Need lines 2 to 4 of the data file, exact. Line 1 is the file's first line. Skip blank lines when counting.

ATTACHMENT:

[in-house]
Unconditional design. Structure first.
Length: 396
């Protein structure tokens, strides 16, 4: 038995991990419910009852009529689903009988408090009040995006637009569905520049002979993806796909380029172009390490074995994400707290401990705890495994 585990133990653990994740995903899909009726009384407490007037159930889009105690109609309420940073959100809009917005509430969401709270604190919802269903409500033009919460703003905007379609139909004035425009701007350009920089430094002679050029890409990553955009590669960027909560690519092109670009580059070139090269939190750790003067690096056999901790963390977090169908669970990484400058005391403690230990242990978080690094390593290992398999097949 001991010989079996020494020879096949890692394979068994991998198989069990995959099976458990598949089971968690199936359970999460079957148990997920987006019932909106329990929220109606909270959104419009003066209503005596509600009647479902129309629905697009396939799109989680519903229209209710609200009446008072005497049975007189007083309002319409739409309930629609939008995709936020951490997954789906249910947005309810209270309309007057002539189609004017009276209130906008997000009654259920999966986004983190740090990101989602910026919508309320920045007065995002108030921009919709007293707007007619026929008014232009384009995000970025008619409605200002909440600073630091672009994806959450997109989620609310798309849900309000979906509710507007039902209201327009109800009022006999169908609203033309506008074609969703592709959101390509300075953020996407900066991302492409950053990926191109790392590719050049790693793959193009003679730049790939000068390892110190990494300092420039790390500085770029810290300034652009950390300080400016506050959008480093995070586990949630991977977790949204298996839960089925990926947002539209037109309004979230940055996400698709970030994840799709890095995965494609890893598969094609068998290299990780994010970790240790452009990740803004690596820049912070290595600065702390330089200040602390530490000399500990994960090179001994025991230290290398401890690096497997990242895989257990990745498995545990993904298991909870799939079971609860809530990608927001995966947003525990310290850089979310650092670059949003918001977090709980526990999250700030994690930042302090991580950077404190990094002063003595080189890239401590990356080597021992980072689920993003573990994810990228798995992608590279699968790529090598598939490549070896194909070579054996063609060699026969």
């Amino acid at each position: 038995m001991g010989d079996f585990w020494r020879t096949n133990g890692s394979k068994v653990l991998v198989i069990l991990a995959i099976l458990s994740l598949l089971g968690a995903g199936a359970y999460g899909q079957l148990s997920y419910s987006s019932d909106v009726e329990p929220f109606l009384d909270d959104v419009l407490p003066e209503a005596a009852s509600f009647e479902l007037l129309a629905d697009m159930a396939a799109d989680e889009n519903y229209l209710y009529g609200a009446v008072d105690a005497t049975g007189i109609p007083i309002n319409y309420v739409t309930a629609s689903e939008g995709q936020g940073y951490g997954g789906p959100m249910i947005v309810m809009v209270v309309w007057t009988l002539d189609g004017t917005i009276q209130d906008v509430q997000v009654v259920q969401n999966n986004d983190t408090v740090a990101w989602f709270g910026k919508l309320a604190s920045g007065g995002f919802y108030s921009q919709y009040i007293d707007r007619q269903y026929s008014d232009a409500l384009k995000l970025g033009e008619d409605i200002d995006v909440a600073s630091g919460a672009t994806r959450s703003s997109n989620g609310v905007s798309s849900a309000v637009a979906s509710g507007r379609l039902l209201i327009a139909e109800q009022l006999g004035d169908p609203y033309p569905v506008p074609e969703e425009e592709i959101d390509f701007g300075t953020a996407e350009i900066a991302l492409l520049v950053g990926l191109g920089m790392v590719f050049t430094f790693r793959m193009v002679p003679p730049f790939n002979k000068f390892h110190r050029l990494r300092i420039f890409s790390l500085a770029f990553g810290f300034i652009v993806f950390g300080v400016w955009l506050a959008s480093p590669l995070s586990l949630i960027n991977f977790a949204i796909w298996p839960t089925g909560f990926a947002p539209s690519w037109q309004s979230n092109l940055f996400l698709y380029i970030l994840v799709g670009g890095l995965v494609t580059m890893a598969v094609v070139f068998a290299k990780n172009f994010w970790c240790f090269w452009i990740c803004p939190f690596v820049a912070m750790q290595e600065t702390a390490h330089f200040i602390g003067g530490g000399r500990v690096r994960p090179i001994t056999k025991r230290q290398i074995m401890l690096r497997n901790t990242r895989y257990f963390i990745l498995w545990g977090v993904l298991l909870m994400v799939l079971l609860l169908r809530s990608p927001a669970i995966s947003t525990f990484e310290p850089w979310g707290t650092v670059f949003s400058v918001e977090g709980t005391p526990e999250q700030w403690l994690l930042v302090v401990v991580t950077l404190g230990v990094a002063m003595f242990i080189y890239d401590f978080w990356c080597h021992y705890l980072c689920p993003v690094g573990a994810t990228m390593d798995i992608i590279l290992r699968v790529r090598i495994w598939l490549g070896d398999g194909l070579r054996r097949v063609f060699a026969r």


Unconditional design. Structure first.
Length: 396
């Protein structure tokens, strides 16, 4: 038995991990419910009852009529689903009988408090009040995006637009569905520049002979993806796909380029172009390490074995994400707290401990705890495994 585990133990653990994740995903899909009726009384407490007037159930889009105690109609309420940073959100809009917005509430969401709270604190919802269903409500033009919460703003905007379609139909004035425009701007350009920089430094002679050029890409990553955009590669960027909560690519092109670009580059070139090269939190750790003067690096056999901790963390977090169908669970990484400058005391403690230990242990978080690094390593290992398999097949 001991010989079996020494020879096949890692394979068994991998198989069990995959099976458990598949089971968690199936359970999460079957148990997920987006019932909106329990929220109606909270959104419009003066209503005596509600009647479902129309629905697009396939799109989680519903229209209710609200009446008072005497049975007189007083309002319409739409309930629609939008995709936020951490997954789906249910947005309810209270309309007057002539189609004017009276209130906008997000009654259920999966986004983190740090990101989602910026919508309320920045007065995002108030921009919709007293707007007619026929008014232009384009995000970025008619409605200002909440600073630091672009994806959450997109989620609310798309849900309000979906509710507007039902209201327009109800009022006999169908609203033309506008074609969703592709959101390509300075953020996407900066991302492409950053990926191109790392590719050049790693793959193009003679730049790939000068390892110190990494300092420039790390500085770029810290300034652009950390300080400016506050959008480093995070586990949630991977977790949204298996839960089925990926947002539209037109309004979230940055996400698709970030994840799709890095995965494609890893598969094609068998290299990780994010970790240790452009990740803004690596820049912070290595600065702390330089200040602390530490000399500990994960090179001994025991230290290398401890690096497997990242895989257990990745498995545990993904298991909870799939079971609860809530990608927001995966947003525990310290850089979310650092670059949003918001977090709980526990999250700030994690930042302090991580950077404190990094002063003595080189890239401590990356080597021992980072689920993003573990994810990228798995992608590279699968790529090598598939490549070896194909070579054996063609060699026969």